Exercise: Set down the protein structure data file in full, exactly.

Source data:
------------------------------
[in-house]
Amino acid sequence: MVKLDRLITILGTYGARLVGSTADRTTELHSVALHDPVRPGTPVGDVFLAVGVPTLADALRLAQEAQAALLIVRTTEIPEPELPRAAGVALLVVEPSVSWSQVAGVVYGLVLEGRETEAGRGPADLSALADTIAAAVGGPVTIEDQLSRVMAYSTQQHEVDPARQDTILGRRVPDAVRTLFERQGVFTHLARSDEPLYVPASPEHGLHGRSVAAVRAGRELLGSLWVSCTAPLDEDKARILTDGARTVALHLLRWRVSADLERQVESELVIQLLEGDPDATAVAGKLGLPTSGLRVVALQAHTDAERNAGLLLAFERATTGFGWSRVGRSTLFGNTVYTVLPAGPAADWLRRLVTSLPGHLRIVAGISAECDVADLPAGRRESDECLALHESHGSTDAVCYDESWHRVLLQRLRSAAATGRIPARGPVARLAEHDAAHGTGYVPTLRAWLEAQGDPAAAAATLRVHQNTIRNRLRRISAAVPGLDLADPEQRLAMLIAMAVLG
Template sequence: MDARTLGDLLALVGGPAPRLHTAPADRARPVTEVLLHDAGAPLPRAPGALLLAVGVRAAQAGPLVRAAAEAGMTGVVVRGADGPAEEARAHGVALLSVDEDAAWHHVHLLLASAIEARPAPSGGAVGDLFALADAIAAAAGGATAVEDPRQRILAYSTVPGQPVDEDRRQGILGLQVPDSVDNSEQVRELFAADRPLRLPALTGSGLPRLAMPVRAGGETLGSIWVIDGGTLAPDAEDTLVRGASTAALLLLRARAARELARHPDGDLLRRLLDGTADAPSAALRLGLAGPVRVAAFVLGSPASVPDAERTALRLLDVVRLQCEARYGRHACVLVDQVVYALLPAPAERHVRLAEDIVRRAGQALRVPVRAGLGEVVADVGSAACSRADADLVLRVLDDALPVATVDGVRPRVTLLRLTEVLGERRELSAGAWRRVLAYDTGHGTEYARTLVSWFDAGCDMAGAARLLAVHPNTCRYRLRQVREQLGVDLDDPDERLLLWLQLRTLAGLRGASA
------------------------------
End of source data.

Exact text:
[in-house]
Amino acid sequence: MVKLDRLITILGTYGARLVGSTADRTTELHSVALHDPVRPGTPVGDVFLAVGVPTLADALRLAQEAQAALLIVRTTEIPEPELPRAAGVALLVVEPSVSWSQVAGVVYGLVLEGRETEAGRGPADLSALADTIAAAVGGPVTIEDQLSRVMAYSTQQHEVDPARQDTILGRRVPDAVRTLFERQGVFTHLARSDEPLYVPASPEHGLHGRSVAAVRAGRELLGSLWVSCTAPLDEDKARILTDGARTVALHLLRWRVSADLERQVESELVIQLLEGDPDATAVAGKLGLPTSGLRVVALQAHTDAERNAGLLLAFERATTGFGWSRVGRSTLFGNTVYTVLPAGPAADWLRRLVTSLPGHLRIVAGISAECDVADLPAGRRESDECLALHESHGSTDAVCYDESWHRVLLQRLRSAAATGRIPARGPVARLAEHDAAHGTGYVPTLRAWLEAQGDPAAAAATLRVHQNTIRNRLRRISAAVPGLDLADPEQRLAMLIAMAVLG
Template sequence: MDARTLGDLLALVGGPAPRLHTAPADRARPVTEVLLHDAGAPLPRAPGALLLAVGVRAAQAGPLVRAAAEAGMTGVVVRGADGPAEEARAHGVALLSVDEDAAWHHVHLLLASAIEARPAPSGGAVGDLFALADAIAAAAGGATAVEDPRQRILAYSTVPGQPVDEDRRQGILGLQVPDSVDNSEQVRELFAADRPLRLPALTGSGLPRLAMPVRAGGETLGSIWVIDGGTLAPDAEDTLVRGASTAALLLLRARAARELARHPDGDLLRRLLDGTADAPSAALRLGLAGPVRVAAFVLGSPASVPDAERTALRLLDVVRLQCEARYGRHACVLVDQVVYALLPAPAERHVRLAEDIVRRAGQALRVPVRAGLGEVVADVGSAACSRADADLVLRVLDDALPVATVDGVRPRVTLLRLTEVLGERRELSAGAWRRVLAYDTGHGTEYARTLVSWFDAGCDMAGAARLLAVHPNTCRYRLRQVREQLGVDLDDPDERLLLWLQLRTLAGLRGASA